Buried somewhere in this smart but somewhat disorganized and repetitious movie about The Satanic Temple is a trickier, potentially deeper and more all-encompassing work.
Kent Jones’ “Diane” was the big winner at this year’s Tribeca Film Festival, taking home the award for Best Narrative Feature along with prizes for Best Screenplay (also by Jones) and Best Cinematography. It’s easy to see why the work by the film critic and director of the New York Film Festival was so beloved by this year’s jury and audiences. It’s a resonant drama about aging and the human instinct for atonement, anchored by a fantastic performance by Mary Kay Place as the title character. It doesn’t quite come together in the end like I wanted it to, but Place’s performance alone makes this worth seeing, and it comes from that genre that feels like an endangered species in American cinema: the character study.
The character in this case is Place’s Diane, the kind of woman who spends most of her waking hours in service of other people. She’s clearly lived a lot of life—some good, some bad—and Place captures an undercurrent of nervous concern that runs through her daily existence. She’s at that age when she’s not only considering a lot of the choices she’s made over her seven decades of existence but saying goodbye to many of her friends. And she seems to hide loneliness within concern for others, although Place and Jones are careful to make clear early on that Diane is no saint. She’s just someone who’s trying to do good for people who need her.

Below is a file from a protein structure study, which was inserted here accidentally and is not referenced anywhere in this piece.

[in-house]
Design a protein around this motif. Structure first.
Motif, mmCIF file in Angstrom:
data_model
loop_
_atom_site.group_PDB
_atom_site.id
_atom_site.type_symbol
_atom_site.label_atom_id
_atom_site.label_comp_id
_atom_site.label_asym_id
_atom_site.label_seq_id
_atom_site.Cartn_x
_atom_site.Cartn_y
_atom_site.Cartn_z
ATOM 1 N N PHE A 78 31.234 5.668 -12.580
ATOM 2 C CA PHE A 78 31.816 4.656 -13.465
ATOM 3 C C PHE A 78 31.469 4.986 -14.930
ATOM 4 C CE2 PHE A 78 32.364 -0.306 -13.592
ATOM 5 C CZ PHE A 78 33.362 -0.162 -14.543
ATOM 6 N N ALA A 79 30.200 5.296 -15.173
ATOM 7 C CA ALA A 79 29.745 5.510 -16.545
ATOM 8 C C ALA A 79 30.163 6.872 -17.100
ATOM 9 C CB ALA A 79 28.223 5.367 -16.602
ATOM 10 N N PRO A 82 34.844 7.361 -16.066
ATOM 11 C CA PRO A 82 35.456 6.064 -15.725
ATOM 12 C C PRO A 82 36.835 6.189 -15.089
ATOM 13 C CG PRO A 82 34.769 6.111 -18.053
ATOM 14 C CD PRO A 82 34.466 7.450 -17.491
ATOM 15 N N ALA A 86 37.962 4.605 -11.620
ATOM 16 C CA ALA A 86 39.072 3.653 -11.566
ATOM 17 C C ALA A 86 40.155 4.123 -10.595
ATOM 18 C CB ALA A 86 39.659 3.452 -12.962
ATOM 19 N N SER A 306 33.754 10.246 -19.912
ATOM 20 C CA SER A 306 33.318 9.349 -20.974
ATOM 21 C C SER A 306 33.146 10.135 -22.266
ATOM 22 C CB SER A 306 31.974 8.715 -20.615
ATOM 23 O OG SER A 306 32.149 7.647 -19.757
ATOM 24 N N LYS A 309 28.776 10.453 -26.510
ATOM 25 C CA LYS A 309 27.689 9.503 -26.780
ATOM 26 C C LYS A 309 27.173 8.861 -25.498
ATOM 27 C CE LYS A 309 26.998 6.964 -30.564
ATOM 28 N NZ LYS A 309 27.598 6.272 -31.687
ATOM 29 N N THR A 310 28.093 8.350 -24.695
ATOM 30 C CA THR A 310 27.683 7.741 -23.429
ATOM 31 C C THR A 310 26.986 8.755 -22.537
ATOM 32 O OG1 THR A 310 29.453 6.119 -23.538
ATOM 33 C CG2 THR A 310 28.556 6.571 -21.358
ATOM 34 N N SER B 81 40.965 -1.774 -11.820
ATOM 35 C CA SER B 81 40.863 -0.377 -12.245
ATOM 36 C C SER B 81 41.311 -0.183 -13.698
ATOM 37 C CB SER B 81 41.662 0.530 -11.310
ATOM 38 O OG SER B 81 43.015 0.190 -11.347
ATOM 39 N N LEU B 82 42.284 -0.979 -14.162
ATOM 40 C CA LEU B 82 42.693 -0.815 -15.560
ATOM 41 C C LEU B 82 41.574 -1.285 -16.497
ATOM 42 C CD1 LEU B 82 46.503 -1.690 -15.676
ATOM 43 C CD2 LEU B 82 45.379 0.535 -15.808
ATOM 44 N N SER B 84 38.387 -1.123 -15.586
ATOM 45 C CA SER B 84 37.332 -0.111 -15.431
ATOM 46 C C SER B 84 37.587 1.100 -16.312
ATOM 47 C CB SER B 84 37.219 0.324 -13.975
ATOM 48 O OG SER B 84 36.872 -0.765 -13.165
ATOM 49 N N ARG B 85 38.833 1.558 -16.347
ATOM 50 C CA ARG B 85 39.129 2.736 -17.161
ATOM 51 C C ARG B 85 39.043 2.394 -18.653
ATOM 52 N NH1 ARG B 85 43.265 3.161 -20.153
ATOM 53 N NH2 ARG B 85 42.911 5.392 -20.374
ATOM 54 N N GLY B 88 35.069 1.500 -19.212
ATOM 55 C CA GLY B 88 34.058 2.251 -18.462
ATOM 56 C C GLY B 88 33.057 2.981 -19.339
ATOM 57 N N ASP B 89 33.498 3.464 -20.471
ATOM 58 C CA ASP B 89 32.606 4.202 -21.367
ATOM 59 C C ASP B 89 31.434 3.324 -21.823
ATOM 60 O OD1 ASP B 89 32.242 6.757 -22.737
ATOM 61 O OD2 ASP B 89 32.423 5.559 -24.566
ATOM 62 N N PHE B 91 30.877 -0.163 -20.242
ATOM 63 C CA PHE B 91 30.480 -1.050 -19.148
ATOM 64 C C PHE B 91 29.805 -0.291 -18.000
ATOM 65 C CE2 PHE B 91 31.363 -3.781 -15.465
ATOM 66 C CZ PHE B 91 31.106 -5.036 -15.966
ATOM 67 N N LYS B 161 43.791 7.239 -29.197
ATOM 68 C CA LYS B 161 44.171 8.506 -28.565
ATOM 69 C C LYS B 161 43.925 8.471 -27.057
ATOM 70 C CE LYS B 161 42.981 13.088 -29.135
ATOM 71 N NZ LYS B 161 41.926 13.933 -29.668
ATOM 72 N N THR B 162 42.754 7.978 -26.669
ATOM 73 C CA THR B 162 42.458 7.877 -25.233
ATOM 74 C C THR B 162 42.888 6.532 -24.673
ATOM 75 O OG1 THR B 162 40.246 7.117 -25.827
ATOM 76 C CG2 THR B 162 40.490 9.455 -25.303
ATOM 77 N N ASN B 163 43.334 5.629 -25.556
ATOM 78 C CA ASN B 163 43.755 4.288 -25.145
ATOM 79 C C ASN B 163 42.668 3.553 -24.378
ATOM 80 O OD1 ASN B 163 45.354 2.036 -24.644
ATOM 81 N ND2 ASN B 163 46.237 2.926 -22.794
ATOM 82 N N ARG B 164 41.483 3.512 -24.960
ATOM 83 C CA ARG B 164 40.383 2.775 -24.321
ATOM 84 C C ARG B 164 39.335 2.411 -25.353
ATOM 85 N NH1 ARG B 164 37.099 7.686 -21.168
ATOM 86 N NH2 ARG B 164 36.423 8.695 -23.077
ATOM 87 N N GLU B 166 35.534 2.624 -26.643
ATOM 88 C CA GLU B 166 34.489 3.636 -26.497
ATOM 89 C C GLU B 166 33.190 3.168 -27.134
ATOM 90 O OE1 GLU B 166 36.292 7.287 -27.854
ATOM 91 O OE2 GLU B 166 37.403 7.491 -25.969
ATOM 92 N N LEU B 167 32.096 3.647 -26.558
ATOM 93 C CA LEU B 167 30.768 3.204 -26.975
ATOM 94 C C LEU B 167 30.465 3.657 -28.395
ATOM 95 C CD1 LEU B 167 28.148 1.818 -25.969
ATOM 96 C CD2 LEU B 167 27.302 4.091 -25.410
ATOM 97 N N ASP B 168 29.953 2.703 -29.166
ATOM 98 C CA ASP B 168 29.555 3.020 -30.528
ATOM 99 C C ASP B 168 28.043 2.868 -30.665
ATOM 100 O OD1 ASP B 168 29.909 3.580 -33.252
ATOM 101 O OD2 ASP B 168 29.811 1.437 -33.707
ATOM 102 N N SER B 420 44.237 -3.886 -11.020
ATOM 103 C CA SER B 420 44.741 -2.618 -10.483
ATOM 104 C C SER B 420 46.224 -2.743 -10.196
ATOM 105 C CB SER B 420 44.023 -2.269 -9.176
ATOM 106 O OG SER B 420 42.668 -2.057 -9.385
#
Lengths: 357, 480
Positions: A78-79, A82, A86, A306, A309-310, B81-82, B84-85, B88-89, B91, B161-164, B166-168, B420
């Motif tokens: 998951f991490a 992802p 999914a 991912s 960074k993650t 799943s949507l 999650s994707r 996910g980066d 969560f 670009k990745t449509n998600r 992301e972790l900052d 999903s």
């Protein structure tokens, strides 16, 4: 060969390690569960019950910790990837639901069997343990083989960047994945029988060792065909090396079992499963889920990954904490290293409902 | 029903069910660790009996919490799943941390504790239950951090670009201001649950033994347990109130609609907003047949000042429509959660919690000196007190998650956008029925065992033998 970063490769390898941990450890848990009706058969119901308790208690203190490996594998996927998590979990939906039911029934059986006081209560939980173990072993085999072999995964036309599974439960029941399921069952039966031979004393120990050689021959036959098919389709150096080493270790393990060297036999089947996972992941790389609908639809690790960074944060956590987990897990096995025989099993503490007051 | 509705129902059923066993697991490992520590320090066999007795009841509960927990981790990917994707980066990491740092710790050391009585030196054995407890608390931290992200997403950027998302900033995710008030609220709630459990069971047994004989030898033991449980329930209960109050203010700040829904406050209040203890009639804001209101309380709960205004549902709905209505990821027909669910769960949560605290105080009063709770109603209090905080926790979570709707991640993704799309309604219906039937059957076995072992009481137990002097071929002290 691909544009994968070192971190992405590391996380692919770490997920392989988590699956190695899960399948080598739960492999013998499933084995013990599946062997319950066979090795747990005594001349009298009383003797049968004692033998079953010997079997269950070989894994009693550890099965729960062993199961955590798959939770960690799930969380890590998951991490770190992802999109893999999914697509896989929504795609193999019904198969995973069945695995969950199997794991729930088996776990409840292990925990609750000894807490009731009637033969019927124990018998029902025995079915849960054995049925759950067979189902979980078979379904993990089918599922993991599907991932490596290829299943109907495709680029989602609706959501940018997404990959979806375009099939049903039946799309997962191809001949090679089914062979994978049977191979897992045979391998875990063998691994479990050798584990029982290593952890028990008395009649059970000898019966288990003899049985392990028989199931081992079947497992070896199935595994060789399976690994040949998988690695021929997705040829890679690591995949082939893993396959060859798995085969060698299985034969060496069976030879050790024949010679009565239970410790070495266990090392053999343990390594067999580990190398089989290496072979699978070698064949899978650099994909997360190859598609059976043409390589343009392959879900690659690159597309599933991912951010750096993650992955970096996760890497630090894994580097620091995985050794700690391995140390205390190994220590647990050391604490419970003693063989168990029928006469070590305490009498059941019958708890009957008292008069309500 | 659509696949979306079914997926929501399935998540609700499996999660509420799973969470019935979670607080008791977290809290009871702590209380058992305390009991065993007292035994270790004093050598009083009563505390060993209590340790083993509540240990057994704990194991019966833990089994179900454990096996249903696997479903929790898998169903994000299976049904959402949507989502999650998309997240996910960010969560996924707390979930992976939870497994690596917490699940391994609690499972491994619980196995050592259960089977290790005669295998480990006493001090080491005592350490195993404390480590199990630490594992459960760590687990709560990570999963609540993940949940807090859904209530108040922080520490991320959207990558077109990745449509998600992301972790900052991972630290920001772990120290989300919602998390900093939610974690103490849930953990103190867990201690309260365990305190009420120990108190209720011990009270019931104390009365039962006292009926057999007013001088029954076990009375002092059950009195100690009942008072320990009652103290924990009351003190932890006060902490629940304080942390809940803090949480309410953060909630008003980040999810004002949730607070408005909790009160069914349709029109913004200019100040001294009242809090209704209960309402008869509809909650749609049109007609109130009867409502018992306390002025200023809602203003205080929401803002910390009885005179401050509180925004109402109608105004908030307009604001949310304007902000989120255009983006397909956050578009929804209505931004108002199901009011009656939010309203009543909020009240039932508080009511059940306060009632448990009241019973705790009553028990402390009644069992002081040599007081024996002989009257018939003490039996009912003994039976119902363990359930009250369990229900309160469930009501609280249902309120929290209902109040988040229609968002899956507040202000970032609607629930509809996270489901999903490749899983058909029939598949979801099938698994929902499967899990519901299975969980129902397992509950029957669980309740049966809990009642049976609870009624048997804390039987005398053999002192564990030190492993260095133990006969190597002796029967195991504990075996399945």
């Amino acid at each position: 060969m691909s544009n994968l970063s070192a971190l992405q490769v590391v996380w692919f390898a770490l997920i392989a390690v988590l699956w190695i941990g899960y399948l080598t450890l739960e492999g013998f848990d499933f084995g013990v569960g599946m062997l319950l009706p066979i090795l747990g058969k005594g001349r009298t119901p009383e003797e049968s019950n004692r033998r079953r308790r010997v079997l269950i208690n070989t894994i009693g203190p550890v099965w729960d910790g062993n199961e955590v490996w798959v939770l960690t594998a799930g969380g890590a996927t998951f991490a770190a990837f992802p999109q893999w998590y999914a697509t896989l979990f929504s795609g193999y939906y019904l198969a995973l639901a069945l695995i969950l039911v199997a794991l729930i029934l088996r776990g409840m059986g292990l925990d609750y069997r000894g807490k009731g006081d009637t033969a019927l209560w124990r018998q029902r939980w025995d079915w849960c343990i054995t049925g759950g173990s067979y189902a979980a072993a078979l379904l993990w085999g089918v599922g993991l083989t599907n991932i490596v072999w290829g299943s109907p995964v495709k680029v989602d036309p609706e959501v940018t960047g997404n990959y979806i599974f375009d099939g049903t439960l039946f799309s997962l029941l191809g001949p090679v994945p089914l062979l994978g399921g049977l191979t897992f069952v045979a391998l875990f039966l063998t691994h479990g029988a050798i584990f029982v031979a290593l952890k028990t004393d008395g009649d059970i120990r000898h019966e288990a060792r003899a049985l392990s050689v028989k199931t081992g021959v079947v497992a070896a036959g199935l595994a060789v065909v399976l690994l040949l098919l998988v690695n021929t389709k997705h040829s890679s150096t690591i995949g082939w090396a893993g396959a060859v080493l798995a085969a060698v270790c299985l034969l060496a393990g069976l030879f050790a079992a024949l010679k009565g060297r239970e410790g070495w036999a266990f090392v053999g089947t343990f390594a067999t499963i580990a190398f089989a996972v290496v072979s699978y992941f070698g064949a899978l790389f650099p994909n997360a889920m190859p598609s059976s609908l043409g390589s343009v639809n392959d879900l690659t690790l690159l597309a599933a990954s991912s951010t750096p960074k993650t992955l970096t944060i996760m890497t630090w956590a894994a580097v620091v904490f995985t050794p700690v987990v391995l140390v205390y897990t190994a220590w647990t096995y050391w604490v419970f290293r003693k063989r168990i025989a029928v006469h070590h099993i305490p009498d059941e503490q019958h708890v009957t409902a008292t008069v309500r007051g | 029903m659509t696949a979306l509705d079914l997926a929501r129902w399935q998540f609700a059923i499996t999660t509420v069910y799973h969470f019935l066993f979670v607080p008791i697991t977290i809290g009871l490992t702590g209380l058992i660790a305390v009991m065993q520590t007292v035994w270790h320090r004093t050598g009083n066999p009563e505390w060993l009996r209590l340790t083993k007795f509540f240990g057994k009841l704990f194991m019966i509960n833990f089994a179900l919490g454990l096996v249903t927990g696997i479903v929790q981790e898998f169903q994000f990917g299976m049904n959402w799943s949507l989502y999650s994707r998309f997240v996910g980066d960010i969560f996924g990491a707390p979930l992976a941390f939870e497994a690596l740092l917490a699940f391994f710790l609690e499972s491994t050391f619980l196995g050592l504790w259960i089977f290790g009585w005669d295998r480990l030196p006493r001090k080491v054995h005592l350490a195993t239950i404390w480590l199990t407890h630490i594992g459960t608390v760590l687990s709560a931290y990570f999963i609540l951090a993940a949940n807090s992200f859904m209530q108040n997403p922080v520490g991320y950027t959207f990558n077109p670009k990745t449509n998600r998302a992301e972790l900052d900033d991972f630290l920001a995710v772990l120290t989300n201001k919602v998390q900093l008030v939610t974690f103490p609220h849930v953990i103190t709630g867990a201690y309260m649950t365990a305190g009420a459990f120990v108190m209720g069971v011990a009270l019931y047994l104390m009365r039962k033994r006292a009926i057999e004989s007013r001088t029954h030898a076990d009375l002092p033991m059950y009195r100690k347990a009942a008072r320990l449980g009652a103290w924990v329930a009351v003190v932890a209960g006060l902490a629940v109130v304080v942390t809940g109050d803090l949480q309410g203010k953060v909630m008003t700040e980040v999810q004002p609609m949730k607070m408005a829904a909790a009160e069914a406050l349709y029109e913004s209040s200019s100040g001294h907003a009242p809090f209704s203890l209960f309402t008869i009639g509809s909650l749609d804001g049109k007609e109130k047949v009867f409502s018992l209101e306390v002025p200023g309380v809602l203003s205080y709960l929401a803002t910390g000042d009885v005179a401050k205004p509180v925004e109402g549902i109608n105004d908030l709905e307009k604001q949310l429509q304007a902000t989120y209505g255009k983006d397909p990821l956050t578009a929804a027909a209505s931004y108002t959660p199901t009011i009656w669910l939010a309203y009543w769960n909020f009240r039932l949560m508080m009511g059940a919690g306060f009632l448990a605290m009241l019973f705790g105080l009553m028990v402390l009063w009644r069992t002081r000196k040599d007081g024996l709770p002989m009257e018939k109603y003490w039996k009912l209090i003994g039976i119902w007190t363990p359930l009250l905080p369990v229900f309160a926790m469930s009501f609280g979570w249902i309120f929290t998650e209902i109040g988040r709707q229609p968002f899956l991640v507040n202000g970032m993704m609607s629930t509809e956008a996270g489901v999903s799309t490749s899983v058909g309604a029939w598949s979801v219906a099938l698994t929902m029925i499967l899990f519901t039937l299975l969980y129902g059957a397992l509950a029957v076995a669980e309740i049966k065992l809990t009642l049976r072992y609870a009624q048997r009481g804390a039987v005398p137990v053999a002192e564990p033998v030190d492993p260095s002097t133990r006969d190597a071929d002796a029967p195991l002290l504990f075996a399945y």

Such people include a cousin who’s dying in a hospital bed, a friend who recently had surgery, and, most of all, her son Brian (a great Jake Lacy), who has been in and out of rehab. Diane is understandably tough with Brian, coming over to his house unexpectedly to find her son in a clearly drugged-out state on the couch. Brian denies falling off the wagon, but Diane—and we—can tell he’s lying. How do you help someone who so clearly refuses it? And then Brian’s arc flips the tables on Diane (in a way that’s not entirely believable) and allows Jones’ narrative to shed some light on Diane’s past. Why does she live such a selfless life now? Could it be because she believes she once lived a selfish one?
It’s so wonderful to see an underrated actress like Mary Kay Place get a role this rich. She’s never been better. In nearly every scene, she does so much with body language and facial expressions that contain more than most monologues. We come to know Diane, a woman who is kind enough to work at a soup kitchen but tough enough to yell at one of her co-workers for berating a homeless person who just wants a little more food. Diane could have been such a stereotypical character—the “coming to terms with age” arc has been done more than a few times—but Jones and Place imbue this protagonist with so much truth that the film’s other flaws don’t ever amount to much. Whether she’s getting drunk in a bar, yelling at her son, playing gin with her bedridden cousin, or even just writing in her journal, there’s an honesty to this work that never wavers. It’s a great performance, and a studio would be wise to pick this film up so that the rest of the world can see it.
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